Added by Justin Appleby
This truly epic backpacking trip will take you from an abandoned mining camp through rolling forests, across streams, around alpine lakes, through true wilderness, and up steep couloirs to the state of Montana's highest point. Prepare for some class 4 scrambling.
Granite Peak is considered one of the most difficult state high-points, for its remoteness and its climbing challenge. Unfortunately, the access to this route is very remote. Fortunately, this route to the summer is the easiest way up in terms of the technical climbing challenge. This route, known as the southwest ramp, is the only way up by which rope is recommended as opposed to mandatory. You will follow about 8 miles of trail and then switch over to class 2 and low class 3 rock-hopping for another 4-5 miles, with the last three-quarters of a mile a true class 4 scramble up to the summit. Depending on your pace, the trip is doable in one day if you leave in the wee hours of the morning, definitely doable in two days (an afternoon and another full day), or in a two-night trip (the way I'll describe here).
As you read, use my route data for reference, and strongly consider planning this trip ahead with a GPS device of some kind. You'll have to forgive me for starting my GPS tracker about a half-mile late, and my watch for dying with about 5 miles left to the car.
From the northeast gate of Yellowstone National Park, take US-212 East for almost 6 miles, and then turn left (North) onto Lulu Pass Trail Road. Your roads from here on our will be dirt, 4WD, high clearance recommended, and get worse as you near the trailhead. Follow Lulu Pass Trail Road for 1.1 miles and turn right on the intersecting unnamed dirt road. Over the next 1.3 miles, there are three dirt roads that fork with this one, but the main one (the one you want to take) is obvious. Stick with the google maps directions linked above if you are unsure. After you cross a bridge for Fisher Creek (some small respite to the bumpy roads), you will turn right and uphill onto a narrow dirt road, and this is where the driving gets nasty. From here it is 0.3 miles to the trailhead, and this is where it would be really handy to have a high-clearance vehicle. You'll see why. The trailhead has space for about five cars, and is made obvious by the termination of the road, an abandoned and rusty car, and an abandoned cabin. Downhill to the right are some cool ruins of an old mining camp. Coordinates to the parking area are (45.050529, -109.910045).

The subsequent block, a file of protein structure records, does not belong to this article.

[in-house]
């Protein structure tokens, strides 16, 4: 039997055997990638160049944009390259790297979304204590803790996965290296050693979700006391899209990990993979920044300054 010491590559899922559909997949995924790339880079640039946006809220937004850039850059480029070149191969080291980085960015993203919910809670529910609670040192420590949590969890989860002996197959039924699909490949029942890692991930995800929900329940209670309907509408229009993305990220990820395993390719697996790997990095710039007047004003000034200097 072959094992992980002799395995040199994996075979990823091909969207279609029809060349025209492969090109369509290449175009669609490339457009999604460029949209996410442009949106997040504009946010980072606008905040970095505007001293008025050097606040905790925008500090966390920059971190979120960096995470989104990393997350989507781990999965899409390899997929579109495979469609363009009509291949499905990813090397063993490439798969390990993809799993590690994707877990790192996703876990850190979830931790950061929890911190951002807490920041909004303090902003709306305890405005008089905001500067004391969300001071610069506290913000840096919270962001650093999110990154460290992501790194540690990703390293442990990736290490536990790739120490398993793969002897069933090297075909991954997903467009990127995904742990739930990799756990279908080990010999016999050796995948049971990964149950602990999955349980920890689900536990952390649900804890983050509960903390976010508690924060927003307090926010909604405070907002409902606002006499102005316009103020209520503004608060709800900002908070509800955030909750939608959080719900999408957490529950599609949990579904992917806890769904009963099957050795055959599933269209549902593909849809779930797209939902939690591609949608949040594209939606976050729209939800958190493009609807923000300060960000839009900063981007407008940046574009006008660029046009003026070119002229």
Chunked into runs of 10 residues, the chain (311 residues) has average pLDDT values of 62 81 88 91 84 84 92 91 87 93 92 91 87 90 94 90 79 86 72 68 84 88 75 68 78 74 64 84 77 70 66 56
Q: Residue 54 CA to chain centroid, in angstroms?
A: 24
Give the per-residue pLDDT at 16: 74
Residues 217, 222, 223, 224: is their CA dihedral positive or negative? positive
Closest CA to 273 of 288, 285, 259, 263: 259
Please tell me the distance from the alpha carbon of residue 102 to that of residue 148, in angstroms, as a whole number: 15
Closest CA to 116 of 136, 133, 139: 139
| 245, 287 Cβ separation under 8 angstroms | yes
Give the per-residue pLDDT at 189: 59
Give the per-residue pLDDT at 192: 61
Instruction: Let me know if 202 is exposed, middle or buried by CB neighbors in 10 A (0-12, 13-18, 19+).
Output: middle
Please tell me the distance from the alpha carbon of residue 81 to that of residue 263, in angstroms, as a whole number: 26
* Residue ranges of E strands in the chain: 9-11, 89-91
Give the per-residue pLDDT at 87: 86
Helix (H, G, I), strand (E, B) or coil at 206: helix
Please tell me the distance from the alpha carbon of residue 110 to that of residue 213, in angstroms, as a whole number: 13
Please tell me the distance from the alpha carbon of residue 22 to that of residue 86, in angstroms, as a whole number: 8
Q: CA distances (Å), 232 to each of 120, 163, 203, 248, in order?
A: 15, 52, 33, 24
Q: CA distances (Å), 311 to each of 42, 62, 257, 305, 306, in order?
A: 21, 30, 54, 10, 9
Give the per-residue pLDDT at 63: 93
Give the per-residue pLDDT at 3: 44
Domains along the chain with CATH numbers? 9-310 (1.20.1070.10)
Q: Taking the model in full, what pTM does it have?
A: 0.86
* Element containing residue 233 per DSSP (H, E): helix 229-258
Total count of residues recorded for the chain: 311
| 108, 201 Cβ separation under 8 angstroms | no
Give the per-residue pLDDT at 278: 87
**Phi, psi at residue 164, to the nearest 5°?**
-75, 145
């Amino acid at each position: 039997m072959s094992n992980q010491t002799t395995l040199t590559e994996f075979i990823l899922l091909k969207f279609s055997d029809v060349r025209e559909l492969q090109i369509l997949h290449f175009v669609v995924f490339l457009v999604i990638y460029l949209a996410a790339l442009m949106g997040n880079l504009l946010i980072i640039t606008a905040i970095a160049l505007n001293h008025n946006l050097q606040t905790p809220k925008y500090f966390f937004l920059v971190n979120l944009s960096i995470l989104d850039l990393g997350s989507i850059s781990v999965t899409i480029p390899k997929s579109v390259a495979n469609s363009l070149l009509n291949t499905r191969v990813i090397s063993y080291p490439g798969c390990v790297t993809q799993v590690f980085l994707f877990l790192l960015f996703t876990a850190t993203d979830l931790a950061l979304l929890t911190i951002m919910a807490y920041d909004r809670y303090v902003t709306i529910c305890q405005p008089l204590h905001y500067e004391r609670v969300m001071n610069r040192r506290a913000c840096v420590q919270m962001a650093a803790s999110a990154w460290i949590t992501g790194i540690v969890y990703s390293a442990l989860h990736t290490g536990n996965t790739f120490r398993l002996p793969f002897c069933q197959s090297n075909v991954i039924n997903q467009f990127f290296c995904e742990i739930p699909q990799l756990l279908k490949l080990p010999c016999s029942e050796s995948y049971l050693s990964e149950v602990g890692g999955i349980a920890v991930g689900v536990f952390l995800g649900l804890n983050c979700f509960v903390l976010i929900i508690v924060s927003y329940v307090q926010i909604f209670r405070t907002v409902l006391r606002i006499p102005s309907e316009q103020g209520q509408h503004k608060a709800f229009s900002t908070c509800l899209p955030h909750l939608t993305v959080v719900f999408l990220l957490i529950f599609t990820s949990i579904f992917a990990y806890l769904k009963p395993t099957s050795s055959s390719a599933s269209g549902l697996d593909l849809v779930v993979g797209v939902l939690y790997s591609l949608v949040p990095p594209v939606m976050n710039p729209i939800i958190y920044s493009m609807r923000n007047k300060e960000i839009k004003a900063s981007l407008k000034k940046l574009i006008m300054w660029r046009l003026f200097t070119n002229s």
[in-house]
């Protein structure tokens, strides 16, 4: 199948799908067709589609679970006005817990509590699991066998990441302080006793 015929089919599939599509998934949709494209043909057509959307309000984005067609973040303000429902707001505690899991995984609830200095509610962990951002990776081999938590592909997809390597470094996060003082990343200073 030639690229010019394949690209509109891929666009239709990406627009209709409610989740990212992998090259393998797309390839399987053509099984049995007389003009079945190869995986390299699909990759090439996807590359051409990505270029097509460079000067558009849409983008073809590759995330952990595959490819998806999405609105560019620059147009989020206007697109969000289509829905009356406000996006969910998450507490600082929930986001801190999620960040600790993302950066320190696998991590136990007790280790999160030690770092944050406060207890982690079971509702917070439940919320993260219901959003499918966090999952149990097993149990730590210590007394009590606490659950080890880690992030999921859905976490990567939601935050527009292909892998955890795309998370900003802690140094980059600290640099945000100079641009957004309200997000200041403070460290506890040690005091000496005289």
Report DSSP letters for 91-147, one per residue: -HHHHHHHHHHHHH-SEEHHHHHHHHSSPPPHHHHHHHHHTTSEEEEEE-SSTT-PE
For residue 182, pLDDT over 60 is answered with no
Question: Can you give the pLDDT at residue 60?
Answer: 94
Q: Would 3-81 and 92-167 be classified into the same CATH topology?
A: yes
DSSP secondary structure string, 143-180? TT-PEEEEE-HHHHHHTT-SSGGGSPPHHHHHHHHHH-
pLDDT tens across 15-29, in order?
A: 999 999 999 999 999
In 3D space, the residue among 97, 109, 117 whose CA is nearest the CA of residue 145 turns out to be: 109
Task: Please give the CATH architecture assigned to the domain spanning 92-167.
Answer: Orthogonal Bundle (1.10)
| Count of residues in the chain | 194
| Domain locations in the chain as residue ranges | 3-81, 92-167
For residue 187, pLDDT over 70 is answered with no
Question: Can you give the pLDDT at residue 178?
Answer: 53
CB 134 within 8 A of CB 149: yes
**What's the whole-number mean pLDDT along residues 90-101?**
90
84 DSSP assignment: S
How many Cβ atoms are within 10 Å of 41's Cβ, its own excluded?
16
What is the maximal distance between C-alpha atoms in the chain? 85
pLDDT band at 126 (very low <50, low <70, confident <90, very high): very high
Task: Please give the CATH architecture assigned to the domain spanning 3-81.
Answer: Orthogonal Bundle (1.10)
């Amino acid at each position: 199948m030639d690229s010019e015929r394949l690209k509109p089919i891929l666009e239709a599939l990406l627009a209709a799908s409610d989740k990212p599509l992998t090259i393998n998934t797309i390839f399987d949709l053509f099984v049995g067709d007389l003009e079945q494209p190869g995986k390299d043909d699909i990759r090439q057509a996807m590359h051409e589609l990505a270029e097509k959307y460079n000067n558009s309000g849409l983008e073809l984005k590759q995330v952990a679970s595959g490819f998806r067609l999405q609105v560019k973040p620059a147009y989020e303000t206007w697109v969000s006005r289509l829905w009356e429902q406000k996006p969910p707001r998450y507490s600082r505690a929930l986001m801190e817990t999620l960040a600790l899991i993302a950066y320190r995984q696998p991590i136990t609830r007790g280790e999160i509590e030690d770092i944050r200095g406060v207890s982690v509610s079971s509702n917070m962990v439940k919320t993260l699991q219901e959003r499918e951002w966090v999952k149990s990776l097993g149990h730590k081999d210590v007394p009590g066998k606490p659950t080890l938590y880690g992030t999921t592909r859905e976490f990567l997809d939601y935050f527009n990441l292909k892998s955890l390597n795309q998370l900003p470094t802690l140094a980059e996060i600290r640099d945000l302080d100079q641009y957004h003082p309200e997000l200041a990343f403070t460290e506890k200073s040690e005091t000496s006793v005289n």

Head around the left side of the old cabin, cross a small creek and meet up with the obvious trail on the other side of some tall grass. Follow this trail generally north-northwest and follow the left side of Lady of the Lake, a pretty resting point. Shortly after the lake, you'll reach a three-way junction and you need to stay right.
Continue north until a stream, and even though the most obvious trail follows the stream, you need to cross and look for the less obvious trail on the far side. Continue following this north and northwest. From here it's another three-quarters of a mile to your next stream crossing. Cross this one too and follow the trail north again. You'll see from my data that we followed the obvious trail, which slowly turned east, but then turned back because we knew it wasn't right. Stay heading north along a faint trail. Once you are in a canyon of sorts, you'll see "heartbreak hill," a huge gully that'll take you from your current elevation of about 9,000' up to about 10,000' in about a mile, approaching on your right.
This trail, which follows a stream, will alternate between damp dirt trail and easy boulder hopping. The trail, faint at times, turns right (northeast) to meander through steepening woods. Eventually you'll be on "heartbreak hill" and you'll know it. The route it pretty obvious up this gully until Lower Aero Lake, at which point turn left and follow the west and north shores of the lake.
Look for a creek on the far side when you arrive at this lake, for your route to Upper Aero Lake. It's between two cliffs that you can see from the southwest side of the Lower Lake when you first arrive. Be sure not to traverse too high on the left side, as you'll be forced to downclimb just a little bit, once you inevitably see the trail on the other side of the creek, as I did.